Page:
Wednesday, December 9, 2015

I Need Christmas

My family's Christmas tree. 
As you knowbecause I've really driven it home by nowit's my favorite time of the year. I'm having a hard time narrowing down what to write about. I have so many thoughts and so much to share.

I had a great Thanksgiving at home in NC with my parents, celebrating another Panthers' win and enjoying what came to be known by my mother as "that damn turkey." I have partaken in numerous festive activities around our nation's capital. I have Instagram-ed every beautiful Christmas tree I come across. I've decked the halls, wrapped the presents, and played Kelly Clarkson's "Wrapped in Red" album on repeat for a solid month....and it's only December 9th. Yet every time I post those pictures, talk about that damn turkey, or tweet about some ridiculous Christmas movie to which I've devoted an evening, I feel guilty. It all seems so frivolous and insensitive at a time when our country seems to be so very mad.

Have you ever looked up the definition of "mad"? These are the top three:

adjectivemadder, maddest.

mentally disturbed; deranged; insane; demented.
enraged; greatly provoked or irritated; angry.
  1. abnormally furious; ferocious:
    a mad bull.
Anger? Insanity? Yep, sounds about right.

Everything seems mad right now. Everyone seems madsome for the right reasons (in my opinion because it's my blog) and some for reasons that are bigoted and hateful. We're angry and scared. There are people being killed because they were in the wrong place at the wrong time (a time when we desperately need gun control laws. Again, my blog.) Public figurespeople who want to lead this great nationare spouting hateful, dangerous messages that endorse unfair and inexcusable prejudices. We grew up hearing the old adage, "Sticks and stones may break my bones but words will never hurt me." 

That's some BS, y'all. 

Words hurt. And some words are dangerous, because they can lead to actions you can't take back. 

As a Christian, I believe this time of year is one when we should be especially accepting and empathetic to those who live in fear, seek refuge, or may not look or think like the majority. Heck, here's an idea: let's do that all the times of the year. (And I say that not as a Christian, but as a human being.) I'm no preacher and my church attendance is less-than-perfect, but I do recall a story of a man and woman who sought refuge and help from others but were repeatedly turned away. They needed shelter for the woman was about to deliver a baby, a baby who would change the world and shape the beliefs of so many. 

My nephew is going to be dressed up as an angel on Sunday to help act out this very story at his church pageant, as many congregations will do across the country. We'll sing about peace on earth and goodwill to men.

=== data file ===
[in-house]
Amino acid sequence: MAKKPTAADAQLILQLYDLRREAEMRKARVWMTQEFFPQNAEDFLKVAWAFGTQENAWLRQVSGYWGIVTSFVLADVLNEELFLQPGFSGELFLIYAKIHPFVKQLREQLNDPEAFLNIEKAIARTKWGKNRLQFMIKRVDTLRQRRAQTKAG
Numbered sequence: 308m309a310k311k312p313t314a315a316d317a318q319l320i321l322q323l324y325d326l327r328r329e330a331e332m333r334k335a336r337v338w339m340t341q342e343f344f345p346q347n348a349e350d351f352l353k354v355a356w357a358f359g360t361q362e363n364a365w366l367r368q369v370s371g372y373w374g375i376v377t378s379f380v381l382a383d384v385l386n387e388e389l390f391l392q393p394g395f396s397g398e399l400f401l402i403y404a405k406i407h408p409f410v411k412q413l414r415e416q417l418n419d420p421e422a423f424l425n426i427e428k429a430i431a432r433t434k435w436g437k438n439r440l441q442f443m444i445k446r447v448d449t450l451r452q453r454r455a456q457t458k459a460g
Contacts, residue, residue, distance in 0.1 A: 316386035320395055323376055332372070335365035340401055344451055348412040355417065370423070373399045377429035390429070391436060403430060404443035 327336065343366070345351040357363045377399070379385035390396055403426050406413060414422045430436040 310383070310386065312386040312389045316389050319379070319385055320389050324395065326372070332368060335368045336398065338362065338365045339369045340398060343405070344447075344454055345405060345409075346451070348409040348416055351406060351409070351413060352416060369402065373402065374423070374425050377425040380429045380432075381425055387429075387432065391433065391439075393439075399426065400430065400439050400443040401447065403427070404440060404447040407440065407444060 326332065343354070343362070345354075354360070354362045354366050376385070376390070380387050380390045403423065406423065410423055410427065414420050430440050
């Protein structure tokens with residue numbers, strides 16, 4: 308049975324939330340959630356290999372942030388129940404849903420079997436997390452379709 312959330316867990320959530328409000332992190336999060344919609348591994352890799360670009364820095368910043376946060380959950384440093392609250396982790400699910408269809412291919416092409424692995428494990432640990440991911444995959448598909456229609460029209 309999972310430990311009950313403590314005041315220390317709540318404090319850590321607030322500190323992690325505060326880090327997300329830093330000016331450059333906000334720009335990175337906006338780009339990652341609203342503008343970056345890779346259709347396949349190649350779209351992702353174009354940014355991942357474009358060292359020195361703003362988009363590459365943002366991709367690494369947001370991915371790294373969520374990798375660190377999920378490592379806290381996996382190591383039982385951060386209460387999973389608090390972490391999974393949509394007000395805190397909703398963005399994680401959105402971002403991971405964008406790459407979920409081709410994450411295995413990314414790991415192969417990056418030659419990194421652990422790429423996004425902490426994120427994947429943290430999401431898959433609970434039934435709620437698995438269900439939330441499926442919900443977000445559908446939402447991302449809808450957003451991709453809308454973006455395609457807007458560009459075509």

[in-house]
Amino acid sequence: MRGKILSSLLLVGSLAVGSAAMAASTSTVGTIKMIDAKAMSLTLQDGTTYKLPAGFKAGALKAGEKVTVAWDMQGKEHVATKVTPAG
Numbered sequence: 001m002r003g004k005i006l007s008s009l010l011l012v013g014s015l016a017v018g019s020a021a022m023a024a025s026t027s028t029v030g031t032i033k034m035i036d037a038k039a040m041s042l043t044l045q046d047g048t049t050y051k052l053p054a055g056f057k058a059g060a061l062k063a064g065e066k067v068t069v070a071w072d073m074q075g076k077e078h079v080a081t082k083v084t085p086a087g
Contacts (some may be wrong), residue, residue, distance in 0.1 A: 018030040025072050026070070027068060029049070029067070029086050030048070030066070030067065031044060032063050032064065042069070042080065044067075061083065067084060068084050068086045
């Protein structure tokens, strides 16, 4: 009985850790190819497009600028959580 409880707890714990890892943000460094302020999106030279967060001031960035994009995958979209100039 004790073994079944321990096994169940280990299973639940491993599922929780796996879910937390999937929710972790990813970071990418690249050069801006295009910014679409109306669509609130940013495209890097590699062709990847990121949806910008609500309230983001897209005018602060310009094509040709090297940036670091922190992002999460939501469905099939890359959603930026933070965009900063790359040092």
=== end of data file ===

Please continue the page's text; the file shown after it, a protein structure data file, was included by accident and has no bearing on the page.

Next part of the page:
How do I reconcile celebrating the birth of a savior and the spirit of a season with a country that is so full of fear and divisiveness, and at a time when so many are mourning great losses. No, really. Selfishly I'm asking you: How? 

Am I allowed to talk about the fact that I'm really proud of my Christmas decorations this year? Or that my nephew was singing "Deck the Halls with Queso Dip"? 

Because I'm going to. 

That's the only way I can cope* with all this madness and sadnessto continue to share the optimism and joy of the season, as silly as it may seem at a time when everything is so serious. We desperately need the spirit of this seasonthe smile elicited by a home decked out in lights and the fantastical belief in a figure who delivers presents to children around the world.   

The fact that we celebrate a joyous holiday while others around the world suffer is not unique to present day. It happens every year, whether we choose to recognize it or not. And I'm not saying we should ignore the incredibly important and urgent topics like national security, refugees, gun control, and terrorism. That would be irresponsible and ridiculous. We have to talk about those things. We have to take action. However, my "grown up Christmas wish" this year is that we can have discussions about these critical issues in ways that are productive and not hateful, cautious but not fear-mongering, and informed but not prejudiced, so that we may find inclusive solutions that can generate positive change.  

I need to believe in the power of the season. It hurts too much not to. Call me selfish or naive, but I need Christmas.
The Christmas lights necklace. 

So stay tuned. I'm planning on sharing all my holiday adventures with you. From beautiful Zoo Lights to my nephew's "angelic" performance to the $10 Christmas Lights necklace I was convinced was a good investment (I stand by that decision). 

Whether you celebrate Christmas, another religious holiday, or no religious holiday at all, may this season bring you peace, happiness, and love. 


And because I can: You can also cope by making your voice heard by those in positions of power on the topic of gun control. Check this out.

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